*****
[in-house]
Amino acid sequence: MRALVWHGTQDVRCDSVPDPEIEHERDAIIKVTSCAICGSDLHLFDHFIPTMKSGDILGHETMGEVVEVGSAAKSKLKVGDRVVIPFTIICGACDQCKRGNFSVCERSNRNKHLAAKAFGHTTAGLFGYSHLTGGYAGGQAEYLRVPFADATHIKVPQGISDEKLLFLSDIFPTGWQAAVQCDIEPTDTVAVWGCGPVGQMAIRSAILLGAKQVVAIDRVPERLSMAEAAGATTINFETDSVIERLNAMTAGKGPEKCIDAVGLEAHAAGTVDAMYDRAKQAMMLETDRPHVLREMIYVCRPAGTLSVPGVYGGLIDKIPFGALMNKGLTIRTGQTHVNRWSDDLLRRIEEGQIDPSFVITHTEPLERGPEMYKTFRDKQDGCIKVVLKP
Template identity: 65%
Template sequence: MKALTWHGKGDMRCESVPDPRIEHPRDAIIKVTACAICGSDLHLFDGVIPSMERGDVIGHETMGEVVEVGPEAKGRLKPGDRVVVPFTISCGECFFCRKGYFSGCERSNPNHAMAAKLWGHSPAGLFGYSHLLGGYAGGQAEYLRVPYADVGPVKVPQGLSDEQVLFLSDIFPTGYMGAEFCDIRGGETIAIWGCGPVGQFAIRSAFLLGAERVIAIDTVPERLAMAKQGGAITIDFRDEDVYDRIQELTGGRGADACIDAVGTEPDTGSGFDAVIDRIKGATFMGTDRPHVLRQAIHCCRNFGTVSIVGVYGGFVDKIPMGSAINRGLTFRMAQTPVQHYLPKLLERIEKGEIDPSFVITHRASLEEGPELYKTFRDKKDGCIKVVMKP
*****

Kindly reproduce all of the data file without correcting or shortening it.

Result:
[in-house]
Amino acid sequence: MRALVWHGTQDVRCDSVPDPEIEHERDAIIKVTSCAICGSDLHLFDHFIPTMKSGDILGHETMGEVVEVGSAAKSKLKVGDRVVIPFTIICGACDQCKRGNFSVCERSNRNKHLAAKAFGHTTAGLFGYSHLTGGYAGGQAEYLRVPFADATHIKVPQGISDEKLLFLSDIFPTGWQAAVQCDIEPTDTVAVWGCGPVGQMAIRSAILLGAKQVVAIDRVPERLSMAEAAGATTINFETDSVIERLNAMTAGKGPEKCIDAVGLEAHAAGTVDAMYDRAKQAMMLETDRPHVLREMIYVCRPAGTLSVPGVYGGLIDKIPFGALMNKGLTIRTGQTHVNRWSDDLLRRIEEGQIDPSFVITHTEPLERGPEMYKTFRDKQDGCIKVVLKP
Template identity: 65%
Template sequence: MKALTWHGKGDMRCESVPDPRIEHPRDAIIKVTACAICGSDLHLFDGVIPSMERGDVIGHETMGEVVEVGPEAKGRLKPGDRVVVPFTISCGECFFCRKGYFSGCERSNPNHAMAAKLWGHSPAGLFGYSHLLGGYAGGQAEYLRVPYADVGPVKVPQGLSDEQVLFLSDIFPTGYMGAEFCDIRGGETIAIWGCGPVGQFAIRSAFLLGAERVIAIDTVPERLAMAKQGGAITIDFRDEDVYDRIQELTGGRGADACIDAVGTEPDTGSGFDAVIDRIKGATFMGTDRPHVLRQAIHCCRNFGTVSIVGVYGGFVDKIPMGSAINRGLTFRMAQTPVQHYLPKLLERIEKGEIDPSFVITHRASLEEGPELYKTFRDKKDGCIKVVMKP